Electronic Pills Require Digestible Batteries & Might Change The Face Of Modern Medicine

Imagine receiving medical treatment via tiny electronic pills, armed with circuits and sensors, powered by edible batteries, able to detect when the body needs medication, and then dispense it: Such things seem like only distant possibilities, as far off and fantastic as flying cars, transporters, and invisibility cloaks (Oh, wait…). And yet, according to a new paper in Trends in Biotechnology, digestible electronic pills could be a reality within the next five to ten years. Five to ten years! Friends, we are officially living in a science fiction novel.

According to the paper’s author, Christopher Bettinger, the idea of ingestible electronic medical devices has been around since the 1970s, and there are currently ones in use. For example, cameras that can be swallowed are sometimes used for gastrointestinal surgeries, and there are sensors that can be ingested to find out how the body breaks down medications. However, the problem with previous attempts at edible electronics is that much of the stuff that usually goes into electronics is not good for the human body. Bettinger, who is a professor in materials science and engineering at Carnegie Mellon University, said in a press release,

The primary risk is the intrinsic toxicity of these materials, for example, if the battery gets mechanically lodged in the gastrointestinal tract — but that's a known risk. In fact, there is very little unknown risk in these kinds of devices.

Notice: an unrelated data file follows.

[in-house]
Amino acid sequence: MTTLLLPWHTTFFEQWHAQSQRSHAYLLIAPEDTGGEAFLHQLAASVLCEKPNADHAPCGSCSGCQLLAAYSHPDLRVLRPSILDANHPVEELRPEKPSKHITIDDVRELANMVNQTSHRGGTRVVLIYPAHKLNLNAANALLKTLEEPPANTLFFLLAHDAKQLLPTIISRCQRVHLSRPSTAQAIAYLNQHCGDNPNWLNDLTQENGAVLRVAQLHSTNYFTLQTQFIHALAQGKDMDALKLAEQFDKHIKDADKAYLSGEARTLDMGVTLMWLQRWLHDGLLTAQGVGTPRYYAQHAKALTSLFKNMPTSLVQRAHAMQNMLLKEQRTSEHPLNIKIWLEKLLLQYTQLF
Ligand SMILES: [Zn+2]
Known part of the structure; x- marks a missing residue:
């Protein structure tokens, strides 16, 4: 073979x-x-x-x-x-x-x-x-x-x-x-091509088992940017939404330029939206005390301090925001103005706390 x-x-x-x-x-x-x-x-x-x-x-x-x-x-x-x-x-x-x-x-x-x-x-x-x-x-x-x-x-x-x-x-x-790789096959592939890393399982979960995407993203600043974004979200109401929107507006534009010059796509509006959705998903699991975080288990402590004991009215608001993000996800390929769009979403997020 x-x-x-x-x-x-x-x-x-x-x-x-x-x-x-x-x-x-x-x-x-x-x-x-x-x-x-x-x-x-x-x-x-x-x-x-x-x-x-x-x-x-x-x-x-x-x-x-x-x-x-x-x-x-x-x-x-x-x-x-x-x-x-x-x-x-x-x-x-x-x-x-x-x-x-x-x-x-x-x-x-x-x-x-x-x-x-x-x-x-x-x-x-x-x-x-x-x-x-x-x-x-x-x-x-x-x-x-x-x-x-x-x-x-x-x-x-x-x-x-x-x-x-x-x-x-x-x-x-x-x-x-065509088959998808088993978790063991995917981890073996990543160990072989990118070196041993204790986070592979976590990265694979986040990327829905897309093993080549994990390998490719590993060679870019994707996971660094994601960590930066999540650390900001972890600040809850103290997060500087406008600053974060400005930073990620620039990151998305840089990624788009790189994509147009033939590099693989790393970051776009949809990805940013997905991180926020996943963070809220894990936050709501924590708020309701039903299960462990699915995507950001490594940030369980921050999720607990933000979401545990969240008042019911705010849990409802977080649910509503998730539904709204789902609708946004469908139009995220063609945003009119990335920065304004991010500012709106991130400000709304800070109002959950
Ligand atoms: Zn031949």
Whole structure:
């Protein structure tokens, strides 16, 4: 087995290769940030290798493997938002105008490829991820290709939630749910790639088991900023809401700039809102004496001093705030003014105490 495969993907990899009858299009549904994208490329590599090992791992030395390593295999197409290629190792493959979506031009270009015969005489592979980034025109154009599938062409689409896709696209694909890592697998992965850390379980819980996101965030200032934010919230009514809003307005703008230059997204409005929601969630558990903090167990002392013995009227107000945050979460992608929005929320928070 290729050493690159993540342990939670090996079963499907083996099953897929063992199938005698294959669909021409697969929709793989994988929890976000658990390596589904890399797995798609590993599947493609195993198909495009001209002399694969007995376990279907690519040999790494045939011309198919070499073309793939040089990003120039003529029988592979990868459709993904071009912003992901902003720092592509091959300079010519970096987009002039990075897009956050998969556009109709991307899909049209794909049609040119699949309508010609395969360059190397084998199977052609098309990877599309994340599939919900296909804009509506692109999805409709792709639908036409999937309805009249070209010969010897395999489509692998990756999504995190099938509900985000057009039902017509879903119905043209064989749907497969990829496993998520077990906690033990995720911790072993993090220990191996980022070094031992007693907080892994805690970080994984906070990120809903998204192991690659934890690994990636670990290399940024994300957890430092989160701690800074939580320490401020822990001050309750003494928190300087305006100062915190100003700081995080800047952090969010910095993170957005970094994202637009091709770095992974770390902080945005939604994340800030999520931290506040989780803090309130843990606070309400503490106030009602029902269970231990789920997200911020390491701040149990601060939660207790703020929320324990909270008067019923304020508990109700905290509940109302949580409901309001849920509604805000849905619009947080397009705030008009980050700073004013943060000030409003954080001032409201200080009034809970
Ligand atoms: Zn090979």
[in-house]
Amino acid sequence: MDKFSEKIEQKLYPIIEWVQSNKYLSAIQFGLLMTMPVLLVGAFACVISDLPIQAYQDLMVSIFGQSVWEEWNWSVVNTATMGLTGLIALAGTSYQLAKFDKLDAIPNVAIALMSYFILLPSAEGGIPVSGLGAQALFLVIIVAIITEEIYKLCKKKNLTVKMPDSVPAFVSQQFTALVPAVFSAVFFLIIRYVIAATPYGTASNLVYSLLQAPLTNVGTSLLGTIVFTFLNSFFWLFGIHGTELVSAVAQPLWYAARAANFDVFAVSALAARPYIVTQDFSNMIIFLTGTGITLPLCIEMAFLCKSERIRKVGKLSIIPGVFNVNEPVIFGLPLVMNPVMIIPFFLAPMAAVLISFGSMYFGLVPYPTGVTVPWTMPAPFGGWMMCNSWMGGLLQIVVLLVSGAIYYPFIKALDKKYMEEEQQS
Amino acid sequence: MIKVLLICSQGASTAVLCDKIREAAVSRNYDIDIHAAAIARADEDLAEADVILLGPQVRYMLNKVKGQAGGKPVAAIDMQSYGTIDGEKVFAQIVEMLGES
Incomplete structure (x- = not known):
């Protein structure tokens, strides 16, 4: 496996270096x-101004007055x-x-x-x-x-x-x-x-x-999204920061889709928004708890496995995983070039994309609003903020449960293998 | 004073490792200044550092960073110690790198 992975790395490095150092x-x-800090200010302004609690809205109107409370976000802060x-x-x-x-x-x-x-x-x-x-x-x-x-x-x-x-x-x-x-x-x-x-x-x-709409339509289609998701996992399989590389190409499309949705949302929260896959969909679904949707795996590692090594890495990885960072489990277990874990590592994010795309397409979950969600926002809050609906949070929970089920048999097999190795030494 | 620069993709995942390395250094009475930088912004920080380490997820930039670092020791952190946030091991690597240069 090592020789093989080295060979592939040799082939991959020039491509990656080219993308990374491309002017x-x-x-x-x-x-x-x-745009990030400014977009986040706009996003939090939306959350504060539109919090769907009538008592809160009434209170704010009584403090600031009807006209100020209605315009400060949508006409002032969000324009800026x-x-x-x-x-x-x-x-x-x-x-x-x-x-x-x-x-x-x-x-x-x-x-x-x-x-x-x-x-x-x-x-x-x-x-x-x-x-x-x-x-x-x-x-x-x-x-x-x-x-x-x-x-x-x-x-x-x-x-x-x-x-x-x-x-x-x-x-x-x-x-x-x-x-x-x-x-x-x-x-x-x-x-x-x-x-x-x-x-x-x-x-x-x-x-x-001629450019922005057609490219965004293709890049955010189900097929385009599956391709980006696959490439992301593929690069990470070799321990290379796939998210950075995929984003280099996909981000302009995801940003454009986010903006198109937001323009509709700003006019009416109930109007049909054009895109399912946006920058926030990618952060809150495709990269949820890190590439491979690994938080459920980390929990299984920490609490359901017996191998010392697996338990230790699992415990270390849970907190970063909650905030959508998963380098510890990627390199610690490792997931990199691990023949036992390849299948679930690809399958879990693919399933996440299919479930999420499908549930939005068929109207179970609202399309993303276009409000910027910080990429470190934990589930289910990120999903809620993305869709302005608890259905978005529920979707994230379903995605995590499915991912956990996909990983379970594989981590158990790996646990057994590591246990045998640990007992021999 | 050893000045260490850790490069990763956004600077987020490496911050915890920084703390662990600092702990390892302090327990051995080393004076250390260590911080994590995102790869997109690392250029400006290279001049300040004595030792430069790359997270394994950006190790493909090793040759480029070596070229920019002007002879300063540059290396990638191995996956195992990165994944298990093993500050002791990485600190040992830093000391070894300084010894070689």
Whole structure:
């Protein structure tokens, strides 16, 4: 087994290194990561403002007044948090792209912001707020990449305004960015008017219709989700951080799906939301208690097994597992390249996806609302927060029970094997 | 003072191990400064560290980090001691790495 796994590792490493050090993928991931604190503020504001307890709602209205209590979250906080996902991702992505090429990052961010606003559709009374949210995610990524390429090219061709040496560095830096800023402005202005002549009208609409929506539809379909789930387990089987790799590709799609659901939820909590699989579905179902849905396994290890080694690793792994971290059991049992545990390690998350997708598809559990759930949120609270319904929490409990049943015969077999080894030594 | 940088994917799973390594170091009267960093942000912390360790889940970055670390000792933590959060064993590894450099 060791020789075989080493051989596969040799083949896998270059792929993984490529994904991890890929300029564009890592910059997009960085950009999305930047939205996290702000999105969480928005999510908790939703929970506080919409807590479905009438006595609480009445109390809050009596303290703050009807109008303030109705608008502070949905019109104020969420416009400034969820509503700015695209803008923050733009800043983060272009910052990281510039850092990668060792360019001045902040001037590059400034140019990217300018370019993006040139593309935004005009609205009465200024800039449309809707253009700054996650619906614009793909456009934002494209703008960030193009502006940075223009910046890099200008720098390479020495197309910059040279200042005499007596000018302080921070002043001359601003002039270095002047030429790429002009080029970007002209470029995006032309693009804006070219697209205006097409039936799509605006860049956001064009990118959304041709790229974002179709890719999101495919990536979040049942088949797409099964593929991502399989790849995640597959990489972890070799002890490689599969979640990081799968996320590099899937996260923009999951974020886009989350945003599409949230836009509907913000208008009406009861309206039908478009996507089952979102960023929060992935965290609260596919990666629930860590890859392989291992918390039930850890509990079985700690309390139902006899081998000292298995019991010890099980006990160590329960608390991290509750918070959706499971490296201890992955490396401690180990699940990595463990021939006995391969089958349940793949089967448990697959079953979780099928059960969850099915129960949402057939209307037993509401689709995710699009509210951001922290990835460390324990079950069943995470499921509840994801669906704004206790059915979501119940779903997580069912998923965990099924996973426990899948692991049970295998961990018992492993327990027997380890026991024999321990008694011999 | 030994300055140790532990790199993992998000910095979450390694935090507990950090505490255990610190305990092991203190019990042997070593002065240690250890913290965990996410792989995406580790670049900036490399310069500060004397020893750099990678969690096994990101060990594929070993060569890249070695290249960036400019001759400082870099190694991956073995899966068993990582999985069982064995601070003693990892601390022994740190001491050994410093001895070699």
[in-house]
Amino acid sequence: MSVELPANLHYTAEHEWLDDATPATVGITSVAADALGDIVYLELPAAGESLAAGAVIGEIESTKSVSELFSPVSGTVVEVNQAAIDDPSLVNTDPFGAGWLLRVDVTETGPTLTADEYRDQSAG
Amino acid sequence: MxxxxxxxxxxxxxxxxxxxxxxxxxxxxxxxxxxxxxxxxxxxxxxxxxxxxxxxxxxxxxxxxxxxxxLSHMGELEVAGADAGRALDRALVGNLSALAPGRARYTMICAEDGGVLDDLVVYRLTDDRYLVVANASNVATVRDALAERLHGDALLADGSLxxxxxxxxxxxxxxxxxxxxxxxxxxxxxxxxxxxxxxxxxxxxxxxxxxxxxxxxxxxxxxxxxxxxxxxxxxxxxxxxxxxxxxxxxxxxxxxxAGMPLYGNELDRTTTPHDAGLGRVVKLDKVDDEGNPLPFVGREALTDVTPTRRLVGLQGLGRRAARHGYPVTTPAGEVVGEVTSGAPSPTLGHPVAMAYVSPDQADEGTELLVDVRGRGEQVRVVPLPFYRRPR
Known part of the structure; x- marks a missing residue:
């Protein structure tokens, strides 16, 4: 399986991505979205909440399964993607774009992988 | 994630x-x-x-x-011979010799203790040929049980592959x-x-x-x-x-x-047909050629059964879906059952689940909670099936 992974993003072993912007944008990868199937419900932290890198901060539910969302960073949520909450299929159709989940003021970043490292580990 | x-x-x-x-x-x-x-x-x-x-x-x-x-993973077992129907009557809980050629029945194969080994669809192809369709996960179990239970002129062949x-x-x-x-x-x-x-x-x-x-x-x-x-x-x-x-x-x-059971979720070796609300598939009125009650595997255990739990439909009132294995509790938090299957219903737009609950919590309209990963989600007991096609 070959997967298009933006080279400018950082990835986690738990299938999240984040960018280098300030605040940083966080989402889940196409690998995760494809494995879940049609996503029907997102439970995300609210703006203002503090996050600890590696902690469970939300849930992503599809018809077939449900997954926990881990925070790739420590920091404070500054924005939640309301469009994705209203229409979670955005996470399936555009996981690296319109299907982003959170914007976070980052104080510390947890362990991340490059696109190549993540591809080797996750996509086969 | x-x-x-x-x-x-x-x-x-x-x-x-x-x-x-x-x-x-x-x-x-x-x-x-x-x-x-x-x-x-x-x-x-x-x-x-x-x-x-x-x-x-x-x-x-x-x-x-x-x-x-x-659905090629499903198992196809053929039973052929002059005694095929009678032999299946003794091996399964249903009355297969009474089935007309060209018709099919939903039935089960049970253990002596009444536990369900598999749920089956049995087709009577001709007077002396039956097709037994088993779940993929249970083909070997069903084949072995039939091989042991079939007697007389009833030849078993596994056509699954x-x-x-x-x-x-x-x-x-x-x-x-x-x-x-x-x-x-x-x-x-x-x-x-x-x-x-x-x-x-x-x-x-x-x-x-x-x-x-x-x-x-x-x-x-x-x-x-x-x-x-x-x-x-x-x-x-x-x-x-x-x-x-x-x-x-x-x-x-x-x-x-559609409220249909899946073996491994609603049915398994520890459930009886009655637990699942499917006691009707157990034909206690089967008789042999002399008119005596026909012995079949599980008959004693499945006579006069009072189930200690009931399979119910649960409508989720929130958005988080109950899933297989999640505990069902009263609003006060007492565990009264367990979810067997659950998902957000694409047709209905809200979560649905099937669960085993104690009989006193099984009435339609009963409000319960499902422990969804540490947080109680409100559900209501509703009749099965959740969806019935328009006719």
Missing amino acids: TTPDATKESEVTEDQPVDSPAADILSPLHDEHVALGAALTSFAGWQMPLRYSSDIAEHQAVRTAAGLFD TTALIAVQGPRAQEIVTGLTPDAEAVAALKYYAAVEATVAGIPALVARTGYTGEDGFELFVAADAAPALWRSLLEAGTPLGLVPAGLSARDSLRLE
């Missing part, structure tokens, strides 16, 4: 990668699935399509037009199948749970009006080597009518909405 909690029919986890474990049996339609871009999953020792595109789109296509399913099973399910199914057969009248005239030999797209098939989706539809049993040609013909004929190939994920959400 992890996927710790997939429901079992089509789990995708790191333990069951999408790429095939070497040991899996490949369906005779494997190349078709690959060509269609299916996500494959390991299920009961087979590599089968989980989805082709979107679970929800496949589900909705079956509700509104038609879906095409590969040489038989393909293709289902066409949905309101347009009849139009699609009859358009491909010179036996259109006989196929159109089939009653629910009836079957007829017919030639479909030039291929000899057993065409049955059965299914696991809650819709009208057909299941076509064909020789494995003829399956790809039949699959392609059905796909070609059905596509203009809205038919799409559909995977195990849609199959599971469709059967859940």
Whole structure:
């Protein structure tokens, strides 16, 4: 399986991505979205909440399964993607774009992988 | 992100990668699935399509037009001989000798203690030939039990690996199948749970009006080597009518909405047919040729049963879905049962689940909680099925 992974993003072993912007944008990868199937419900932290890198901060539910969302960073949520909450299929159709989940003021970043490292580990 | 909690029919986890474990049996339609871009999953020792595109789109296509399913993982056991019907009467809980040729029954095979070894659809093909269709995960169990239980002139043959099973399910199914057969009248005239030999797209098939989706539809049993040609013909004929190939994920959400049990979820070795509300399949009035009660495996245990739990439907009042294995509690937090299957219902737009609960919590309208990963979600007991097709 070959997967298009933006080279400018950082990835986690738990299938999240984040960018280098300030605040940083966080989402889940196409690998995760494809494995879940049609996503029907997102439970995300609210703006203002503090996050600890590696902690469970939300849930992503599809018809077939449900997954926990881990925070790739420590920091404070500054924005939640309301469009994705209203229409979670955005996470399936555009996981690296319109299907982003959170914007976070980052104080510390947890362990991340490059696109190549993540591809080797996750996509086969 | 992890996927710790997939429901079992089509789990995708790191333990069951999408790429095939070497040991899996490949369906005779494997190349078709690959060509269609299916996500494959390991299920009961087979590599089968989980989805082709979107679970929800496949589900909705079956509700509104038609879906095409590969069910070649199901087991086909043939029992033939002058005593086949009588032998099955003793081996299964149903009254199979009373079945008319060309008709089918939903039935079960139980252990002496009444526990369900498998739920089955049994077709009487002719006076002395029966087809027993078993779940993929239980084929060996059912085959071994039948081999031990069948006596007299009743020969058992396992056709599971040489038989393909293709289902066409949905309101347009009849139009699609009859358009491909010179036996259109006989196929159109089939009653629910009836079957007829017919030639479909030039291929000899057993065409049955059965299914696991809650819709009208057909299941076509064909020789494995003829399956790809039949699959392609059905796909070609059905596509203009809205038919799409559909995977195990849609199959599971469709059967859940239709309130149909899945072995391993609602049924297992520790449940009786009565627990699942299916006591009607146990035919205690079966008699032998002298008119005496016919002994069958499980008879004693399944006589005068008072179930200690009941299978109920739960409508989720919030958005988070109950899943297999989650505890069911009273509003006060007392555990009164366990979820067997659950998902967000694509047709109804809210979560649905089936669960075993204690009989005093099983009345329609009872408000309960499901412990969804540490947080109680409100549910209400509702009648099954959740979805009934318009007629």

Rather than use traditional batteries, Bettinger’s research proposes using the body’s natural chemicals, such as the melanin found in hair and eyes, to power medical devices. By using biodegradable materials, scientists could avoid the problem of toxic devices becoming trapped in the body. Bettinger explained to Motherboard,

We want to use flexible elastomer (a stretchy polymer network) that can stretch, bend, and degrade. That would have a better chance of passing through your GI tract without getting stuck.

Electronic pills may seem destined only for the very wealthy, but Bettinger suggests that such devices might actually be cost effective. One reason that medications are currently so expensive, he explains, is that only a little bit of the medication someone takes actually gets to where it needs to go. With “smart pills” to ensure that drugs are delivered effectively, drug makers could include smaller amounts of medication.

I know at this point you’re probably wondering, “What’s next? A robot army??” (Actually … maybe?) I think the obvious next step here is to build tiny pill-sized submarines and shrink people so that we can take pleasure cruises through the human body. Because who wants to go to a beach when you can visit the lungs instead? (To be fair, that idea’s been around since 1966).

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